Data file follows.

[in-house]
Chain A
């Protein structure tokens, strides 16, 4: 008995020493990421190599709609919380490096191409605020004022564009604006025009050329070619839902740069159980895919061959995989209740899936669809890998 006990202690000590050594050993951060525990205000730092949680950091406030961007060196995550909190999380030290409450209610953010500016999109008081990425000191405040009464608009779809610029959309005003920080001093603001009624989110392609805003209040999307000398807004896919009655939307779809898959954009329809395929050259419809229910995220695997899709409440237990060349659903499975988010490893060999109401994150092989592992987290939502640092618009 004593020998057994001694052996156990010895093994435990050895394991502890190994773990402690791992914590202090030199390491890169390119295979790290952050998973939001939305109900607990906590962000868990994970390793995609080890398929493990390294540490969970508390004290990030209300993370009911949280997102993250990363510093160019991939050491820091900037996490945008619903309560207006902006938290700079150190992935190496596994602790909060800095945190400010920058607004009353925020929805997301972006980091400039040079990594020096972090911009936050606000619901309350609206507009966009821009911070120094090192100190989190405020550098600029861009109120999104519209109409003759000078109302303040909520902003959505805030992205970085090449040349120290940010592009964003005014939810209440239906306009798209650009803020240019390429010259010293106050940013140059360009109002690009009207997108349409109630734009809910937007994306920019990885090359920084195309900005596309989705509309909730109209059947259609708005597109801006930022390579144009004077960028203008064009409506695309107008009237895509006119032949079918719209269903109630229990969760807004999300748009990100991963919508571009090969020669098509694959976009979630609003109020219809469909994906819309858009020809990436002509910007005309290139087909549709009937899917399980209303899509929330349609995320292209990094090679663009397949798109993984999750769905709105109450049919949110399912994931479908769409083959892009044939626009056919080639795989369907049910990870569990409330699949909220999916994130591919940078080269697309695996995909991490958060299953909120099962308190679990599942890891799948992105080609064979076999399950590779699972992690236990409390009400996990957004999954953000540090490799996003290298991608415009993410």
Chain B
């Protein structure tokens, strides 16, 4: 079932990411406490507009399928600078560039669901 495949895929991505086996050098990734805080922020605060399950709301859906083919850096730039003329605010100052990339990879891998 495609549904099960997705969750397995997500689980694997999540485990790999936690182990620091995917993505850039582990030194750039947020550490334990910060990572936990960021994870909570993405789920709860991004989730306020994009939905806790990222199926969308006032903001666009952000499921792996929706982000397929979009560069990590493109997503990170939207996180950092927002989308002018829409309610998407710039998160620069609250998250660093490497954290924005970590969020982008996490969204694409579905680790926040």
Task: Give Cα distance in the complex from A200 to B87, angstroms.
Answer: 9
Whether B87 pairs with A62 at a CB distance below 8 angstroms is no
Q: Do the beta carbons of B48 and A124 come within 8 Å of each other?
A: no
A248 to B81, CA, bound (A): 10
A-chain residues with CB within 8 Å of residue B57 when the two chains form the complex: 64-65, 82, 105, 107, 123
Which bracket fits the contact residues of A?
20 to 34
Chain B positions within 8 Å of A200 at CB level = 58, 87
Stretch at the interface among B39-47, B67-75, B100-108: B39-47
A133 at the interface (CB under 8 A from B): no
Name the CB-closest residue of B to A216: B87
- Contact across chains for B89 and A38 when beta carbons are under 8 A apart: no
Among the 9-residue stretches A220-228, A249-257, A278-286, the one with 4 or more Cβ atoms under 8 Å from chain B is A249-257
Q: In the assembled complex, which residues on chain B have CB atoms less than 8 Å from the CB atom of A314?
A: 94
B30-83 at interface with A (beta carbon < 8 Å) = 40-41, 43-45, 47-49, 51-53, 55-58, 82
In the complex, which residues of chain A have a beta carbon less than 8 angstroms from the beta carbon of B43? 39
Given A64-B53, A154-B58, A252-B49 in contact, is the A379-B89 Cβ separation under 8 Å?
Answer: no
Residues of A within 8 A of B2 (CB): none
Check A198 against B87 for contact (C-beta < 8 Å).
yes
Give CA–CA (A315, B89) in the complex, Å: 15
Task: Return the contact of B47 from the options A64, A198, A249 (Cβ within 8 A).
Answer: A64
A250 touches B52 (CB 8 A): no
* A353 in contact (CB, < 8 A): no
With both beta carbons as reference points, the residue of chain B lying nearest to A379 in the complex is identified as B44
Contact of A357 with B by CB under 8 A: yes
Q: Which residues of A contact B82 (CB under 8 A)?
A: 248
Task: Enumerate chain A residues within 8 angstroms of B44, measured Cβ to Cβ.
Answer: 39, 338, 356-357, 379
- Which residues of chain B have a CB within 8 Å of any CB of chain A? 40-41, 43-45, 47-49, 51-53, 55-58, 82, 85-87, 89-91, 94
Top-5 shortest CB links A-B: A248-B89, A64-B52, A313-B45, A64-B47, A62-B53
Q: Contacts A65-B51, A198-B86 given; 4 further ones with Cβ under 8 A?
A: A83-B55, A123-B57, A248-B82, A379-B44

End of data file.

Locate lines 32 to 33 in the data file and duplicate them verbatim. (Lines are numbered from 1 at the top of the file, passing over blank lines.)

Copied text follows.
Answer: A64
A250 touches B52 (CB 8 A): no